A view of the Alhambra in Grenada, Spain.
Gazing up in wonder at the mighty Alhambra, I knew that coming here, even for just a few days, was a good move as well as a excellent photo op.
Travel is food for the soul, and wandering through alleyways and ancient buildings in Spain’s Andalusia has been a wow! experience.
I’m far from alone in raving about the place. In 1832 Washington Irving published his classic collection of essays and stories, “Tales of the Alhambra,” and called Grenada it “a most picturesque and beautiful city.”
A palace and battlement inside The Alhambra
This great fortress built high over Grenada was an imposing castle. But inside its walls there was a small town, beautiful palaces and intimate spaces with intricate and beautiful mosaics: A place where the Islamic Moors of Spain ruled this region for nearly eight centuries.
Before they were finally thrown out of Europe in the momentous year of 1492, the Moors presided over a land that has been praised in recent years for its many accomplishments and relative tolerance – at least compared with the brutal standards of the Middle Ages. In Andalusia at this time the classics of antiquity were studied. Jewish scholars wrote in Arabic. Physicians, astronomers, horticulturalists and thinkers from three great religions exchanged knowledge and inventions.
Both The Alhambra and The Mezquita in the ancient Andalusian city of Córdoba, are surviving examples of a great civilization.
Columns and arches in Great Mosque at the Mezquita in Córdoba, Spain.
“In Al-Andalus, for eight centuries, communities of Moslems, Jews, and Christians lived side by side or intermingled the one with the other,” writes Steven Nightingale in his fine new book, Grenada, which celebrates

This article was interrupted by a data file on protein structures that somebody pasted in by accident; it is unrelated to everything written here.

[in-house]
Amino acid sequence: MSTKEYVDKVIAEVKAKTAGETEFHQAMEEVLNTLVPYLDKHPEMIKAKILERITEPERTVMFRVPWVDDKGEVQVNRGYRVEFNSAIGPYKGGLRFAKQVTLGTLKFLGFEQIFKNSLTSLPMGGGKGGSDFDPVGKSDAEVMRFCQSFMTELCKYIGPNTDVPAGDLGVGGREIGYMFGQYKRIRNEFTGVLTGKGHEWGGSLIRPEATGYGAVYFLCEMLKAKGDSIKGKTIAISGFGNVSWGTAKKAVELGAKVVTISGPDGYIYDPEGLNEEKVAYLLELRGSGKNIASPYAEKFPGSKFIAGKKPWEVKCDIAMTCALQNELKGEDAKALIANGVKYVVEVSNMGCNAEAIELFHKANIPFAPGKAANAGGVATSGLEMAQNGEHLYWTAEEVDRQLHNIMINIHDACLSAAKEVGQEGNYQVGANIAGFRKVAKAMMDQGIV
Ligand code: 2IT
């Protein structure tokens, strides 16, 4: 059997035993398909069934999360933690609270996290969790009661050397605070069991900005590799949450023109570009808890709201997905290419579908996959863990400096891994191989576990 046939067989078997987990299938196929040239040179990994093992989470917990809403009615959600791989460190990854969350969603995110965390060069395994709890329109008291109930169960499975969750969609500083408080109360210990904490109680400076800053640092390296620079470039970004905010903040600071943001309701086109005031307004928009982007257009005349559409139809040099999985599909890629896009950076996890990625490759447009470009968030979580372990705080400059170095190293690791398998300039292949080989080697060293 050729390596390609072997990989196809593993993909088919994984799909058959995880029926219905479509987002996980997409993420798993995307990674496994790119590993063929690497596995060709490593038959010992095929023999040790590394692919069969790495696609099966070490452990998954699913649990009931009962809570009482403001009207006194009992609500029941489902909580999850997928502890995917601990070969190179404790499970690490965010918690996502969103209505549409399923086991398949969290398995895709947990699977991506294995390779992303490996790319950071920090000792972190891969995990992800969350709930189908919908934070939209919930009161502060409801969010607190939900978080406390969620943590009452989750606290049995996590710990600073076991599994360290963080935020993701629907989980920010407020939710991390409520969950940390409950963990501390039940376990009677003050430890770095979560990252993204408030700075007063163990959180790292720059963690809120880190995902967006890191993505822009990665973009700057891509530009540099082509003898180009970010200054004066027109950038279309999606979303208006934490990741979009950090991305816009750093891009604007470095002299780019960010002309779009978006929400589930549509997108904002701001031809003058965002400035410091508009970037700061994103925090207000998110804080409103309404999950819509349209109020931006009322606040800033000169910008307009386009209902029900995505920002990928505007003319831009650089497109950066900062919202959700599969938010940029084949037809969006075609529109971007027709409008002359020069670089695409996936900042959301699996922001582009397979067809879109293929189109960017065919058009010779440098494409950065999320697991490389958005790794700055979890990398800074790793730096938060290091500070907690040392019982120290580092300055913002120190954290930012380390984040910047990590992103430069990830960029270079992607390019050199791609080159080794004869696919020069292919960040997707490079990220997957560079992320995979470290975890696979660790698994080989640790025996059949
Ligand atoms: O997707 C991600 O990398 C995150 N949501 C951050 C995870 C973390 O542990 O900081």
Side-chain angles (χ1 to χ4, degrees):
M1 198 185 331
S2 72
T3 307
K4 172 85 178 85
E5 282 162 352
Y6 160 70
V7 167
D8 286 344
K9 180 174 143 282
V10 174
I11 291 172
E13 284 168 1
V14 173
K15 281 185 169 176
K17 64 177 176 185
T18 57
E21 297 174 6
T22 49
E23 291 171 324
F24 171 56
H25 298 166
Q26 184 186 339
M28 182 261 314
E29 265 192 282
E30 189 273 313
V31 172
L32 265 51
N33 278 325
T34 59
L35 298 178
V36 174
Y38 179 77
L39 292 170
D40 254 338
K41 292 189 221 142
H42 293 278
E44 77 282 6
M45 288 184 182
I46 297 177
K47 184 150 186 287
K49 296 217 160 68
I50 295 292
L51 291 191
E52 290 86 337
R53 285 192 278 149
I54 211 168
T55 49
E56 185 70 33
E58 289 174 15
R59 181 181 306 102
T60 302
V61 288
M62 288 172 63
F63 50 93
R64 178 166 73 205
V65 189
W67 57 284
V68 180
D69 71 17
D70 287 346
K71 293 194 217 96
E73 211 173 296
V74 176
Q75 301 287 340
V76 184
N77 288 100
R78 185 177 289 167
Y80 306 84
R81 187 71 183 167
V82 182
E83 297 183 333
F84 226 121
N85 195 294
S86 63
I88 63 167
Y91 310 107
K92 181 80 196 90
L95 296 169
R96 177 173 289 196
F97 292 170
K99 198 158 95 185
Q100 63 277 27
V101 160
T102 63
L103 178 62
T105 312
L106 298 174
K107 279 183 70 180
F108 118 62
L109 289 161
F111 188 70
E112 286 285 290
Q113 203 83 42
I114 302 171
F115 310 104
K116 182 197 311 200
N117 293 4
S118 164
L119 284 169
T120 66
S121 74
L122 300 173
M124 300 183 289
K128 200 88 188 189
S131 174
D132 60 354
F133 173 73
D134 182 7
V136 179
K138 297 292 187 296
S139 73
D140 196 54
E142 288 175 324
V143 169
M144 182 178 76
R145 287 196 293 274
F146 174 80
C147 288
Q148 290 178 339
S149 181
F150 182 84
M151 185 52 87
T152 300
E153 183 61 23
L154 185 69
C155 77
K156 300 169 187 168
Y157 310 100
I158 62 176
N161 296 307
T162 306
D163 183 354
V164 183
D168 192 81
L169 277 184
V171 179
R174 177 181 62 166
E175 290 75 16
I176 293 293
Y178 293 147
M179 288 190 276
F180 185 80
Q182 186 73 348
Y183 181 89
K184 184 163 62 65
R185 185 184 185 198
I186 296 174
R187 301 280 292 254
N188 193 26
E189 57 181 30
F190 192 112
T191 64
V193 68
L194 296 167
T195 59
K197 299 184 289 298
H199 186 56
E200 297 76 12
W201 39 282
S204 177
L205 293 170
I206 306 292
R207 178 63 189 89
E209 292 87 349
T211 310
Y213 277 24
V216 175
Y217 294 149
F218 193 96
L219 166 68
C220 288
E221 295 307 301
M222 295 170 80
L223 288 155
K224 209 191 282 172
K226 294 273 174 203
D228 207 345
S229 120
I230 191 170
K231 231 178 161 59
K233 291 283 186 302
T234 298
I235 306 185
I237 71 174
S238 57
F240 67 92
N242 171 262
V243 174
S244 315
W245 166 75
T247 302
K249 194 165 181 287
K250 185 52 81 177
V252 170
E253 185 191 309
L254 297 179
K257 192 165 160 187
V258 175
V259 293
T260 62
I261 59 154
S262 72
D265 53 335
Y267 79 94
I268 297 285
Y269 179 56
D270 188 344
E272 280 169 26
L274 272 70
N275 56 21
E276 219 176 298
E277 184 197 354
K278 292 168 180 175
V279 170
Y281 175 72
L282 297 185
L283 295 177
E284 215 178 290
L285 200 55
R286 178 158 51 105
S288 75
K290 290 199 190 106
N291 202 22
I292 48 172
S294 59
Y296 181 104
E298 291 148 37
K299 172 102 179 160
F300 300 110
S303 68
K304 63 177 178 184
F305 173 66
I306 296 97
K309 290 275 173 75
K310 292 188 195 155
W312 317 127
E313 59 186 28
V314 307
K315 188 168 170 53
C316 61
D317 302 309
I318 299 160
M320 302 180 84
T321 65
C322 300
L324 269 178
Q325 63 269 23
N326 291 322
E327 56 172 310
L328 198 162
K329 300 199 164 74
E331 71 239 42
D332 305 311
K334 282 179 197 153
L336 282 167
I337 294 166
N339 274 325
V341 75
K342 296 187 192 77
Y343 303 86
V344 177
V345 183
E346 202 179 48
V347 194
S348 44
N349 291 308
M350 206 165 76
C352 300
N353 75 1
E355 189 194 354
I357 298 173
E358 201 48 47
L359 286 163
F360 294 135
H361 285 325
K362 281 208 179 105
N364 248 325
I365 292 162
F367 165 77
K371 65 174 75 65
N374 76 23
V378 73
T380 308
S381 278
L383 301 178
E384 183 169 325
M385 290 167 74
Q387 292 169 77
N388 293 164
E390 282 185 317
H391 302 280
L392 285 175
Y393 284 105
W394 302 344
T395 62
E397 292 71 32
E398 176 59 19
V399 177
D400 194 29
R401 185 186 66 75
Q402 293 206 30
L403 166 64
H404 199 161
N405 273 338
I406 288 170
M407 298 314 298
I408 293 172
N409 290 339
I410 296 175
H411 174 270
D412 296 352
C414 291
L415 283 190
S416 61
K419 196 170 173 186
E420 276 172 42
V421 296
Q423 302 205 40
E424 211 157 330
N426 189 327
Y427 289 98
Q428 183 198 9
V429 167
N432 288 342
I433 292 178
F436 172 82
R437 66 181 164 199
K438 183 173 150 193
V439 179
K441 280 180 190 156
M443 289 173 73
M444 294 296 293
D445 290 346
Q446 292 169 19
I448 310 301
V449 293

this long overlooked culture. “There was no precedent for so extended an experiment in the history of Europe, and it has not been equaled since, for daring, brilliance, or productivity.”
After a centuries-long war, the Moorish era came to an end with the surrender of the Alhambra, and victory of Spain’s Queen Isobella and King Ferdinand.
After the initial Christian triumph, what followed in the 16th and 17th centuries in Andalusia was a long and slow decline for the region, largely caused by religious zealotry and the overreach of the monarchy and Church. The Spanish Inquisition was responsible for the systematic, brutal, and cynical expulsions of Spain’s Moslems and Jews.
A narrow street in Grenada’s Albayzin barrio.
The lesson that I think I learned in the tender, scented narrow old alleyways of Grenada is that the relatively open-minded cooperation of the convivencia proved to be of more lasting value than the bombast of later centuries in rigidly Catholic imperial Spain.
Today, in a time of deep political divisions and dogma from the left and right in the United States, as well as growing cynicism over business, political and civic leaders, reaching back and learning some lessons from history is worthwhile.
Soaking up other cultures and looking at the world from different points of view are great ways to put yourself in a new place, removed from the little dramas and hassles of everyday life back home.
Photos by Richard Davies